EDUCATION MINISTER Anthony Garcia yesterday said there was a more than 50 per cent turnout of teachers at both primary and secondary level.
However, president of the TT Unified Teachers Association (TTUTA) Lynsley Doodhai disagreed.
At a media conference, Garcia said the ministry was heartened by the turnout of teachers although they were called upon to stay away from school.
“From the figures we have received, in terms of percentage, overall when we look at the seven education districts in TT, we had an average of 50 per cent of attendance of teachers at the primary level, and at the secondary level 52.5 per cent. In both instances we have crossed the 50 per cent mark. To us that is indeed encouraging.
“There have been some fallout, I can’t dismiss that, but the fact is that the majority of our schools had acceptable attendance of teachers.
That tells us the majority of our teachers have decided they will accept their responsibility to the nation’s children.” Garcia said security measures and the school feeding system went extremely well.
“There were no problems at all where those were concerned, and in terms of school maxi taxi transport for students, that also went exceedingly well. Our children were transported and security measures were in place.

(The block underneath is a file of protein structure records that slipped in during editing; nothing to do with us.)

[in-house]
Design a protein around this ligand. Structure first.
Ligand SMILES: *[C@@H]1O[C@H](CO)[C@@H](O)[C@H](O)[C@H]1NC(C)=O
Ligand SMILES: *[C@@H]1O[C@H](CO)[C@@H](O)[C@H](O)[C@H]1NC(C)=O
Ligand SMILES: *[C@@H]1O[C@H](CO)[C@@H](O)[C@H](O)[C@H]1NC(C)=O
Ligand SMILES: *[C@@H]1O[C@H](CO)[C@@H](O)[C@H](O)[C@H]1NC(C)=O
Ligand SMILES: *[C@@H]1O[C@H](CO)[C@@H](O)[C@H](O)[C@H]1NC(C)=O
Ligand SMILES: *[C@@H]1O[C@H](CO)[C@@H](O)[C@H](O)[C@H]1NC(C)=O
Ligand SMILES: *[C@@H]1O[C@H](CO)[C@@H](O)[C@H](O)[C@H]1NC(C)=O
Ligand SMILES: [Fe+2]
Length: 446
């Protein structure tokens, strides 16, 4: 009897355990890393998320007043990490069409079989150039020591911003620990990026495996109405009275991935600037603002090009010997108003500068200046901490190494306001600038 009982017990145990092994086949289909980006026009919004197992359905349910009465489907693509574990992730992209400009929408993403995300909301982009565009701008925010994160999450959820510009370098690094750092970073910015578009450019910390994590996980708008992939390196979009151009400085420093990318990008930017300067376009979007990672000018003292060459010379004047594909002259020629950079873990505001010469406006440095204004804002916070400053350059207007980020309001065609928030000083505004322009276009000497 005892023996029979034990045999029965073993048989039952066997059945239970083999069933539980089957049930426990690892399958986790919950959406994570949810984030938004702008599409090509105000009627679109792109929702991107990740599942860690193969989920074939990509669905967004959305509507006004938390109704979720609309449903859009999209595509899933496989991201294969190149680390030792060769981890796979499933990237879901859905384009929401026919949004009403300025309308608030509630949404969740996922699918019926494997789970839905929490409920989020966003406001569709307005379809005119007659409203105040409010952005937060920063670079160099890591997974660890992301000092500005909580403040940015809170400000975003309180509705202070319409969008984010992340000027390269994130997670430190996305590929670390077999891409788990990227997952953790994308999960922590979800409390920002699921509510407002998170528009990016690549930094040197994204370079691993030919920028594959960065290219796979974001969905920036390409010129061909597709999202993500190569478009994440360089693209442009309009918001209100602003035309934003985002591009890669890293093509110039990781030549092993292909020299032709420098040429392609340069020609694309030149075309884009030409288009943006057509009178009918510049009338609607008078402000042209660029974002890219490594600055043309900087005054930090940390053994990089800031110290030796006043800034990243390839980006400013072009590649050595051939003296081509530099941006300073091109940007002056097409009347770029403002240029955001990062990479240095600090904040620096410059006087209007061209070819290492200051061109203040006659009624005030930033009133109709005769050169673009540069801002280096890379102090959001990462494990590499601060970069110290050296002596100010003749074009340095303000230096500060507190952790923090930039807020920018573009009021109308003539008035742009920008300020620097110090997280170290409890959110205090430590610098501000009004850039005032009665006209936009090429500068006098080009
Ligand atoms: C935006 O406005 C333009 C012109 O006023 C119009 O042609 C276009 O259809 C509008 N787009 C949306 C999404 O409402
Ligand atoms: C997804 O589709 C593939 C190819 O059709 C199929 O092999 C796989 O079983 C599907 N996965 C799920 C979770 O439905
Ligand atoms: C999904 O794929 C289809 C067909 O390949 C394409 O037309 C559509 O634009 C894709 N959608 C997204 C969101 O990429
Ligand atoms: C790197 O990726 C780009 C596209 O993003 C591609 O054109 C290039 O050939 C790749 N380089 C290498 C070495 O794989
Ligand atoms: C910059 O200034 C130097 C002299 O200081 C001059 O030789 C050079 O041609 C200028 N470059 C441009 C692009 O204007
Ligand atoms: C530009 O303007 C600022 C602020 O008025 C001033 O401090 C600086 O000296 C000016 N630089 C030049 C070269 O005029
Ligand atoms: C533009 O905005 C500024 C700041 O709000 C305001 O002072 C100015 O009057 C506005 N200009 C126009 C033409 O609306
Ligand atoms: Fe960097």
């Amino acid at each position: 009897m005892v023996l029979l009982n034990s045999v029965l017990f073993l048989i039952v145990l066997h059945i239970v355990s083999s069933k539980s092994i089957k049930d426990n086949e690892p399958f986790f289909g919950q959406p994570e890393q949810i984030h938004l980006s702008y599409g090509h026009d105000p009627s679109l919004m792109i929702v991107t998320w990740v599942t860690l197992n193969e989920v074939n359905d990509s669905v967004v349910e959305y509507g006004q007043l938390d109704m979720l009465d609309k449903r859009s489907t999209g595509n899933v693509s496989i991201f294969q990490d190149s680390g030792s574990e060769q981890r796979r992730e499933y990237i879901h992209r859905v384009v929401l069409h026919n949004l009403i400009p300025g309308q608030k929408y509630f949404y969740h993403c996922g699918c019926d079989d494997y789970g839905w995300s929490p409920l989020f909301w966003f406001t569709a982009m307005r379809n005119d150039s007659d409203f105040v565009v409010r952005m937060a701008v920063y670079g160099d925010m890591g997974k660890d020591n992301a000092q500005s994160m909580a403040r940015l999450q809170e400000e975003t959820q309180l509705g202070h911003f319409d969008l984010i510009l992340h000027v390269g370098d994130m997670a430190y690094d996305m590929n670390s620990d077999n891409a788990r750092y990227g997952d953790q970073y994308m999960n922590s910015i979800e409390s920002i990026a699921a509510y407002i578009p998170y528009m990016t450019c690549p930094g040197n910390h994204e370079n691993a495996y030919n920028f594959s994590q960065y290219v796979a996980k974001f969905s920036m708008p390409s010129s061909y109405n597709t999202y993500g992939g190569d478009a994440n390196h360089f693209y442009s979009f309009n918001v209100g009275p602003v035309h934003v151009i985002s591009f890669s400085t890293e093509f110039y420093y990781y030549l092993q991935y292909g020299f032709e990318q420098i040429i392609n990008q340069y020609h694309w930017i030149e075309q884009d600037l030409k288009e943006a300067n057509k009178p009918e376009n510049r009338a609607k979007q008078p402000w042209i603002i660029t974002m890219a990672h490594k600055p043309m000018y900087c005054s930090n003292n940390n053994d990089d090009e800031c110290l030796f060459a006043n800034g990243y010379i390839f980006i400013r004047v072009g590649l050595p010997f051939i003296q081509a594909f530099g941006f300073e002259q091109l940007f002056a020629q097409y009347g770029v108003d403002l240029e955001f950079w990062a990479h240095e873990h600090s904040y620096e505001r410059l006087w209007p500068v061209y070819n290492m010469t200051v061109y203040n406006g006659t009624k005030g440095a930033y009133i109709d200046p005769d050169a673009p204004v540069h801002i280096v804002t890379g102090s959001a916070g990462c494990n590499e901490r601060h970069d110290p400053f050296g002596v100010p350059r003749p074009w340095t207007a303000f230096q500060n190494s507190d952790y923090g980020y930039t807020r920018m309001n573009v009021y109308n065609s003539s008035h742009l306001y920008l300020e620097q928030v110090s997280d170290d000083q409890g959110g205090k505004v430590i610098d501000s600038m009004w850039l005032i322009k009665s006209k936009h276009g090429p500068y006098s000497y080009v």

“This will tell us we are moving in the right direction, despite some of the challenges that face us. We are going to do everything to ensure that we work on those challenges. The ministry would ensure we provide a quality education for our children.”
While a clarion call was made by TTUTA for teachers to stay away from schools, Doodhai said from the association’s reports, 65 to 70 per cent of teachers did not turn out.
“Undoubtedly I think the call for a day to rest and reflect has been a success, more so because of all the threats that were made against teachers and by the Minister of Education and other government officials.”
In response to Garcia’s claim, he said, “What the minister is trying to say is that on any given day 20 to 25 per cent of teachers are absent from school, so he is trying to say is if you take that into consideration, not much teachers have supported TTUTA.”
Doodhai said he disagreed with the minister because normally in the first week of school approximately 95 per cent of teachers would attend on any given day.
Fitzgerald Hinds, acting Attorney General, when asked if disciplinary action will be taken against teachers who stayed away, said he was in an important meeting, and could not comment up to press time.
There were reports on social media of several schools closed yesterday. Among them were Newtown Girls’ RC, St Francois Girls’ High, Melville Memorial Girls’ Anglican Primary, Hillview College, Curepe Presbyterian, Belmont Secondary and Bishop Centenary. The Ministry of Education did not confirm this.